Peruvian Court recognizes right to collective territory for Achuar People of Peru
December 23, 2017.- Yesterday a Peruvian court issued a precedent-setting ruling in favor of the Achuar people of the Pastaza in the northern Peruvian Amazon, recognizing their right to self-determination and collective territory. The court ordered the Peruvian government to proceed with the collective titling of Achuar ancestral territory and recognized the Achuar federation FENAP as a legal person with all the corresponding rights under Peruvian law.
The case resulted from a suit brought by FENAP, the Federation of the Achuar Nation of Peru, demanding the full recognition of its rights as an indigenous nation, including a collective land title beyond simply the community-by-community process that currently exists, and the annulment of Block 64, an oil concession that overlaps with a majority of Achuar territory.
Block 64, currently under contract for exploration by the Chile-based company GeoPark, was created in 1995, one year after Peru signed International Labor Organization Convention 169, which requires the prior consultation of indigenous communities for activities like oil drilling. he court ruled inadmissible the request for an annulment. The Achuar are appealing this part of the ruling.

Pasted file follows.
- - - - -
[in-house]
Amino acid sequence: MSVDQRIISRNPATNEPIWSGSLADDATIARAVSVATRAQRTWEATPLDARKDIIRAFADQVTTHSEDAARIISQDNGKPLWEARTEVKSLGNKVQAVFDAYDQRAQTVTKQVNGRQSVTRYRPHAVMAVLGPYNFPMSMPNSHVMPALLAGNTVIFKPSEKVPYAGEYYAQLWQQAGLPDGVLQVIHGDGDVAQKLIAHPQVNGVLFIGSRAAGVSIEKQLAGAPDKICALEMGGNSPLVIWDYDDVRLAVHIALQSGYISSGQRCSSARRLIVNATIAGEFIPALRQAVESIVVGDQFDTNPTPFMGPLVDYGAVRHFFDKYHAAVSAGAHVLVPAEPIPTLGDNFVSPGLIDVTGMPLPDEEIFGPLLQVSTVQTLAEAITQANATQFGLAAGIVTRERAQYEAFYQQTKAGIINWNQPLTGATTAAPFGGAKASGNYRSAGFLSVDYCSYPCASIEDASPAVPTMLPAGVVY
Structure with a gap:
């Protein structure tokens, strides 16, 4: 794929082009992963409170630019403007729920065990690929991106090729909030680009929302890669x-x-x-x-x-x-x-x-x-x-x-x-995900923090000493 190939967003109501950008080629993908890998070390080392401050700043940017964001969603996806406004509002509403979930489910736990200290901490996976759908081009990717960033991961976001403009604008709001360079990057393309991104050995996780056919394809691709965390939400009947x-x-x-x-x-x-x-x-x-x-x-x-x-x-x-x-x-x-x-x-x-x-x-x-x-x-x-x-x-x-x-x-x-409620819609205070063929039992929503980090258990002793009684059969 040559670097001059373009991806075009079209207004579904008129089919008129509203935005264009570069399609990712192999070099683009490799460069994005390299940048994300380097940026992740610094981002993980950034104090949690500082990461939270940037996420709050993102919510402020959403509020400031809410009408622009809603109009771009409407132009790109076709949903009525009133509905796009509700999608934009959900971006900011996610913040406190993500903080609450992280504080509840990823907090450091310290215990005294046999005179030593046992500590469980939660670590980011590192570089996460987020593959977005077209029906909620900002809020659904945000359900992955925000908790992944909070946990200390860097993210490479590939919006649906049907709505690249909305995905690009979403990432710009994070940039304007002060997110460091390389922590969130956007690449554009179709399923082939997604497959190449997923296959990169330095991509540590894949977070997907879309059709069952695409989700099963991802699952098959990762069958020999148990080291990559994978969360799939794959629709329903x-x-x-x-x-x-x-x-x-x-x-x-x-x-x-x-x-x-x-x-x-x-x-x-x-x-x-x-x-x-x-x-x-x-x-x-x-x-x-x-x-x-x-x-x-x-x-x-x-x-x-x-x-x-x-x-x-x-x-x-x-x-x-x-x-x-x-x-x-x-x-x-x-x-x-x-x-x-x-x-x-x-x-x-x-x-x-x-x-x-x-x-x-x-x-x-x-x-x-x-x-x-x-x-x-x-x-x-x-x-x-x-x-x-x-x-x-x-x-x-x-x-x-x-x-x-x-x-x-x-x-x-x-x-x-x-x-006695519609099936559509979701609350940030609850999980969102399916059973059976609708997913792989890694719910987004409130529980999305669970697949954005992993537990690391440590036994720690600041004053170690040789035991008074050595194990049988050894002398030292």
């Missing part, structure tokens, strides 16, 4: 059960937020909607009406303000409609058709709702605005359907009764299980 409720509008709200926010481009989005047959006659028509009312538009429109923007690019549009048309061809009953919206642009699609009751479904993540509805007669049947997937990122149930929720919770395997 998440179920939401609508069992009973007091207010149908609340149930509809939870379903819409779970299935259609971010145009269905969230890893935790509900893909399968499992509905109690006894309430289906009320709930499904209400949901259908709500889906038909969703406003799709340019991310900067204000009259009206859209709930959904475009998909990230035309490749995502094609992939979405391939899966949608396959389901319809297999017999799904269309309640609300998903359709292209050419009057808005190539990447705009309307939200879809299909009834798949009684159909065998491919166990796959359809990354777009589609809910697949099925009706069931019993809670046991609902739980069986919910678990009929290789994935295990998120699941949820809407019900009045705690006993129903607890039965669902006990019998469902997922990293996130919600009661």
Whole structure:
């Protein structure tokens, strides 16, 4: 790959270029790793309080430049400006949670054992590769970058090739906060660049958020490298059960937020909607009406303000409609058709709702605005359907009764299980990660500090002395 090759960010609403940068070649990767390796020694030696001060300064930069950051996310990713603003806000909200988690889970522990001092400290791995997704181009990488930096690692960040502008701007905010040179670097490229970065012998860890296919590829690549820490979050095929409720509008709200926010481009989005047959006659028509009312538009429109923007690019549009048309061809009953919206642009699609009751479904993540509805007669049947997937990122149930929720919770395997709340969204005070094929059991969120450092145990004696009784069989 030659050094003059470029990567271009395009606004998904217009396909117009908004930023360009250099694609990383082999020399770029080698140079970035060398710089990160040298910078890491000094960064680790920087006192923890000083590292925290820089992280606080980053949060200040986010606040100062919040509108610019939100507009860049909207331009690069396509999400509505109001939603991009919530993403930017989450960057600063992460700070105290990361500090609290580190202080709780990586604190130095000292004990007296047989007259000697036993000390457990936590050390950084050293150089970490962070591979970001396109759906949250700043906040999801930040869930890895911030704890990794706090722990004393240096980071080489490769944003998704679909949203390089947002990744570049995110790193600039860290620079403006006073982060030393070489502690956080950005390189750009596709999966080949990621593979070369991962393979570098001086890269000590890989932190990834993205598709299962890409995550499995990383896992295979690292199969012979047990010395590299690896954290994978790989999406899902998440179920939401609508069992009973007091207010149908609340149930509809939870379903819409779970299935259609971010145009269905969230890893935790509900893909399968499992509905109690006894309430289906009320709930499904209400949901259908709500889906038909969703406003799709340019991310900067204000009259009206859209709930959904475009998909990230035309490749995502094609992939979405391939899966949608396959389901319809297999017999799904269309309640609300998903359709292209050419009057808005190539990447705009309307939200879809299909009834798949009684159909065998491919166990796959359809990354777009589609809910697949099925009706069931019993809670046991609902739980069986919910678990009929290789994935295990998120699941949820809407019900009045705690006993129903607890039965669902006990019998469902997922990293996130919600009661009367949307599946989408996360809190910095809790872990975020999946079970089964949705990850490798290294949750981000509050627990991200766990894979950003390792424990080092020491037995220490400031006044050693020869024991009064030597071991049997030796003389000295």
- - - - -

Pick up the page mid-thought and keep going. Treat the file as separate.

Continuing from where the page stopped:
Andrew Miller, Advocacy Director with Amazon Watch, issued the following statement about the ruling:
"We welcome this decision and note its immense implications for indigenous rights across Peru. The recognition of a collective title for the Achuar will serve as a precedent for many other indigenous peoples demanding their ancestral territorial rights in response to the invasion of extractive industries like oil, logging, and mining. Furthermore, today's legal decision should serve as a further warning to the GeoPark oil company that its days in Block 64 are numbered.